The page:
On Thursday, Jan. 23, CHASS Senator Angel Cuevas and the Career Center hosted a workshop called “Presenting Yourself in the Best Light,” which focused on preparing students for professional life. The workshop included advice on resume building from the Career Center as well as free headshots by John-Paul Wolf Photography. The event was held in HUB 302.
The Highlander briefly spoke with Cuevas. The workshop was Cuevas’ first project. Cuevas stated that he ran on the platform of increased professional development among the student body. When asked about what inspired the structure of the workshop he explained, “I’ve been in professional organizations, who do this basically daily, so it’s not a challenge for me to copy what they already do.” A goal of the workshop was to blend in a professional and social atmosphere, similar to other professional organizations on campus.
The workshop began similarly to a normal Career Center workshop with a presentation on resume building by Isabel Ibarra, a peer advisor with the Career Center. The presentation included the following topics: how to structure a resume, what to add to it and how to utilize LinkedIn.
After the presentation, students were encouraged to discuss and network among themselves so that they could review and improve their resumes. Students were also able to receive a free headshot or to have a question-and-answer session with Kimberly Rose Campen, a CHASS college and career specialist.
After her speech, The Highlander spoke with Ibarra, who mentioned the lack of student awareness of the Career Center’s resources. She mentioned that normal resume building workshops only include a PowerPoint presentation about the topic. She noted that being able to talk to a student about their resume was helpful in decreasing anxiety in people seeking help with their resume.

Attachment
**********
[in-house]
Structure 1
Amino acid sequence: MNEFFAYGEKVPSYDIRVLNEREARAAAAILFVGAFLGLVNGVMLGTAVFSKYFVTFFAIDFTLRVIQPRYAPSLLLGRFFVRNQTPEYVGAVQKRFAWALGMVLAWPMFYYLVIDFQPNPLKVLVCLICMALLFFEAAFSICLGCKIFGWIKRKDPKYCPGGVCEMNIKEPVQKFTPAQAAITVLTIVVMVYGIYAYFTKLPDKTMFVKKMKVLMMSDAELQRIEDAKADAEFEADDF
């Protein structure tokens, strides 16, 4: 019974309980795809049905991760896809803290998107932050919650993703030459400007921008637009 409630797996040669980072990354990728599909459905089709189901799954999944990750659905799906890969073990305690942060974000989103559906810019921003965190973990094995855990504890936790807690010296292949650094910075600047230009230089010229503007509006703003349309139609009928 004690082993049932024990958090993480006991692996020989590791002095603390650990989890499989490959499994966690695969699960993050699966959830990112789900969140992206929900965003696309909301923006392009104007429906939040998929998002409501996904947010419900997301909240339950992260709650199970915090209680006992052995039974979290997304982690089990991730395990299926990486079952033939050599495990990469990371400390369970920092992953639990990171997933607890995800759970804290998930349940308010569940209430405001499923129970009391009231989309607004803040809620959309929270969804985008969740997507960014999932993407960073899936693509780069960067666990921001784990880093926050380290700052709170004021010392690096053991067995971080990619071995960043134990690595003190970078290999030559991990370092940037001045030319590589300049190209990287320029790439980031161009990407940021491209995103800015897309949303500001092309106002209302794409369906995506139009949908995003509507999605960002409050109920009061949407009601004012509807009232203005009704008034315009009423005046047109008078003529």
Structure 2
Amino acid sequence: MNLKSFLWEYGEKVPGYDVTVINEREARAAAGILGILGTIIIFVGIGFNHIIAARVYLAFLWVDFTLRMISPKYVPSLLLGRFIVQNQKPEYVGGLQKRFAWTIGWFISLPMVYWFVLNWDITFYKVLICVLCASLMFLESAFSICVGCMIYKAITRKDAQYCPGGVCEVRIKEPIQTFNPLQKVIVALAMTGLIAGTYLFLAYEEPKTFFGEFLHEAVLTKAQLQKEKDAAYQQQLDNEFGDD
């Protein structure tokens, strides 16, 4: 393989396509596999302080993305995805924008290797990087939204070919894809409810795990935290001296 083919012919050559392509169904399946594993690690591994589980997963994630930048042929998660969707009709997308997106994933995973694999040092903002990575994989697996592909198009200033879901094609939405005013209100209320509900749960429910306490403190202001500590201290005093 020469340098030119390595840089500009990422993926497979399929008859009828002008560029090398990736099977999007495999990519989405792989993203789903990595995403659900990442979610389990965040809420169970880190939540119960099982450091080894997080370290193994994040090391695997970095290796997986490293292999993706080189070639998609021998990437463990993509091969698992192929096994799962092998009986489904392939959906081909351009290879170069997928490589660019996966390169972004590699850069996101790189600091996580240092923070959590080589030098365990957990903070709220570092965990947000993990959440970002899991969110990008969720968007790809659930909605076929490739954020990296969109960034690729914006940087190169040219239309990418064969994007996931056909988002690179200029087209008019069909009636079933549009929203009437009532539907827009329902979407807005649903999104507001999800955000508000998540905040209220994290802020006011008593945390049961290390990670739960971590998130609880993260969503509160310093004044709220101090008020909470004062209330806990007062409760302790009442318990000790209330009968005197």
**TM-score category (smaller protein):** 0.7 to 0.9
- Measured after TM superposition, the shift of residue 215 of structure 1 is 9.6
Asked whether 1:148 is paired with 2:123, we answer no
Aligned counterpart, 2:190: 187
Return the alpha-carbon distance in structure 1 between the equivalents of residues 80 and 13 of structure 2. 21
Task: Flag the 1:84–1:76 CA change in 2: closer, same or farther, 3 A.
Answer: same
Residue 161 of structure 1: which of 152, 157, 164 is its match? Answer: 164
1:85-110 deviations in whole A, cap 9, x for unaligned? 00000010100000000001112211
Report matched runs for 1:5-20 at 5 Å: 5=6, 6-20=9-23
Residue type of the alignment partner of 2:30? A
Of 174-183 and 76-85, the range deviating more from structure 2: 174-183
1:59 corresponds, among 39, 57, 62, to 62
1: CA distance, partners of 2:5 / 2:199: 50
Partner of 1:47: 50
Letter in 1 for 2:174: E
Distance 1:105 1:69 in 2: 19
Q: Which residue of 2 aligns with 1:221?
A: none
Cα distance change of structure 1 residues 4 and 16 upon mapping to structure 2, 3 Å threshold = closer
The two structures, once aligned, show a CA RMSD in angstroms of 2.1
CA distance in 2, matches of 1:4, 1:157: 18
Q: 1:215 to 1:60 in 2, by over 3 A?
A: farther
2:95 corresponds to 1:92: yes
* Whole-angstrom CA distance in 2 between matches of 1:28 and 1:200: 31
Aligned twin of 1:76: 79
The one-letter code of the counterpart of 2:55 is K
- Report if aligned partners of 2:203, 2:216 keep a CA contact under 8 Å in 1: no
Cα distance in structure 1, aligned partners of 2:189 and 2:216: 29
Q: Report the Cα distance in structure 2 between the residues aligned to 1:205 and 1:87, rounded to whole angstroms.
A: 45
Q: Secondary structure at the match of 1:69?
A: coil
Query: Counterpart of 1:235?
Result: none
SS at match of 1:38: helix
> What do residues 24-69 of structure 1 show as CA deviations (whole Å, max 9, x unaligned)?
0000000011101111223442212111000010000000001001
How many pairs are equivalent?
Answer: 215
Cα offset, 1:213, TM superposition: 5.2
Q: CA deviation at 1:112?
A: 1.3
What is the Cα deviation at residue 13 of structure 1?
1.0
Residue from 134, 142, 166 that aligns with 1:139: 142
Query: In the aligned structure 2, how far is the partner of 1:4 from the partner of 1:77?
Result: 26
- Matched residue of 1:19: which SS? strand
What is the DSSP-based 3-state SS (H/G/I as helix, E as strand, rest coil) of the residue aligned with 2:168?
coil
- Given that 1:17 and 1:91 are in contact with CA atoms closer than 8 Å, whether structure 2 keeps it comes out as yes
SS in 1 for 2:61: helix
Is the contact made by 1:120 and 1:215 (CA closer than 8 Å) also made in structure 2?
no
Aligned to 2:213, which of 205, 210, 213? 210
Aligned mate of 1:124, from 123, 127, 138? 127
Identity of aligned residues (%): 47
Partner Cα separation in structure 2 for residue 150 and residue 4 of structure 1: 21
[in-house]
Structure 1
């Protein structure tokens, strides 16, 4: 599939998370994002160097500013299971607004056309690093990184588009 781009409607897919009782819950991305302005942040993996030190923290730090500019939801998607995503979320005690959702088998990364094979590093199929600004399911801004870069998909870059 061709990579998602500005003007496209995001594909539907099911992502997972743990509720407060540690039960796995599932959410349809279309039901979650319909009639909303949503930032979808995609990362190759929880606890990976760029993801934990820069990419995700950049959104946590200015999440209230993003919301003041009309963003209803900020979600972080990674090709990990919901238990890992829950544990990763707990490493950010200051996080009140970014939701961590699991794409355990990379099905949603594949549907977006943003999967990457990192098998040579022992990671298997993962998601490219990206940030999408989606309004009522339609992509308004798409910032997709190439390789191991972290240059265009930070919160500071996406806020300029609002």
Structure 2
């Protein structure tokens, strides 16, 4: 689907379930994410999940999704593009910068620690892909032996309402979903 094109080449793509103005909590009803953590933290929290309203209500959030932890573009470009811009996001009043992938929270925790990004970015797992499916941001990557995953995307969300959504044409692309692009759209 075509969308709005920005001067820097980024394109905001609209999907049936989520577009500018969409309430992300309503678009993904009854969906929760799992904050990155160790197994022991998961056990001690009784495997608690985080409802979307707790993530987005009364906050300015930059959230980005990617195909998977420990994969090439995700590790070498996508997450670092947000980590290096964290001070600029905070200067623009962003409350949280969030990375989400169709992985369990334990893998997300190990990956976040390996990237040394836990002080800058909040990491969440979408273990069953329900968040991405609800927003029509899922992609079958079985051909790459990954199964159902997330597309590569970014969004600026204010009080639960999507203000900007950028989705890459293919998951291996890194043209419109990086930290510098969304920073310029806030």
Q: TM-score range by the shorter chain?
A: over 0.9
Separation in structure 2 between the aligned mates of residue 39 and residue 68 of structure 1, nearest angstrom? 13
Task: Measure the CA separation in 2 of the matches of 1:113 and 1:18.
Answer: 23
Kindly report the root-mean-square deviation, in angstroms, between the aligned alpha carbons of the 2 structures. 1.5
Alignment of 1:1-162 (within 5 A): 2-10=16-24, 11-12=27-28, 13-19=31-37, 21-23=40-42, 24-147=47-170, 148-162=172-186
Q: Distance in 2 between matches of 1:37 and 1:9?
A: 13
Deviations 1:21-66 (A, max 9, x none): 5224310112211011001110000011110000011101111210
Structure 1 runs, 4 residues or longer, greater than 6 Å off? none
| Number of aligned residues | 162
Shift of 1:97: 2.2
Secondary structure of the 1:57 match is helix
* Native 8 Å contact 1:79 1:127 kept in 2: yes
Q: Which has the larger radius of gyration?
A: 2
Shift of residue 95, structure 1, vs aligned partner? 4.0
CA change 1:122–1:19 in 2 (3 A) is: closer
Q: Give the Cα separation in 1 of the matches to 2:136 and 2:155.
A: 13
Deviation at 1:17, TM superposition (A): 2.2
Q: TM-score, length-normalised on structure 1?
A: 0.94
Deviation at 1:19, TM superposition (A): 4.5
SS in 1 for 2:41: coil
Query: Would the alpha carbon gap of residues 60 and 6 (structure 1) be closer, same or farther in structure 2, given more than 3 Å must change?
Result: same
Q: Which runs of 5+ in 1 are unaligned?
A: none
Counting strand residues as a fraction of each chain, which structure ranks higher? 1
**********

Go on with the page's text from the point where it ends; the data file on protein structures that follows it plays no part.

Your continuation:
Ibarra mentioned that many students were scared of visiting the Career Center because of concerns with the quality of their resumes. She stated, “Breaking down those barriers and misconceptions is the first step to getting students to come more to the Career Center.” Ibarra added that she believes that collaborations with ASUCR would help to attract more students to these workshop events than if they were hosted at the Career Center.
Increased professional awareness among students was also a goal for Cuevas, especially among first and second-year students. “A lot of students don’t realize that they are missing opportunities as a freshman by not focusing on their professional development,” stated Cuevas. He noted that many students begin looking for resume-boosting opportunities in their third and fourth years instead of earlier.
The majority of the students in attendance at the workshop were fourth years, with only one first-year student in attendance. Thomas Chartrand, a fourth-year political science student, was one of these fourth years in attendance at the workshop. He echoed Cuevas’ opinion stating that “most first and second years don’t have their careers in mind until their third and fourth year, but a lot of jobs today require you to have started early in your college career.” Chartrand, who also works at the Residence Center at UCR, noted that they had trouble bringing the Career Center to the dorms to table, which could potentially increase awareness to freshmen about the resources they offer.
Cuevas said that he liked the outcome of the workshop and hopes for more of these collaborative workshops in the future, with the potential goal of providing free food in order to boost attendance.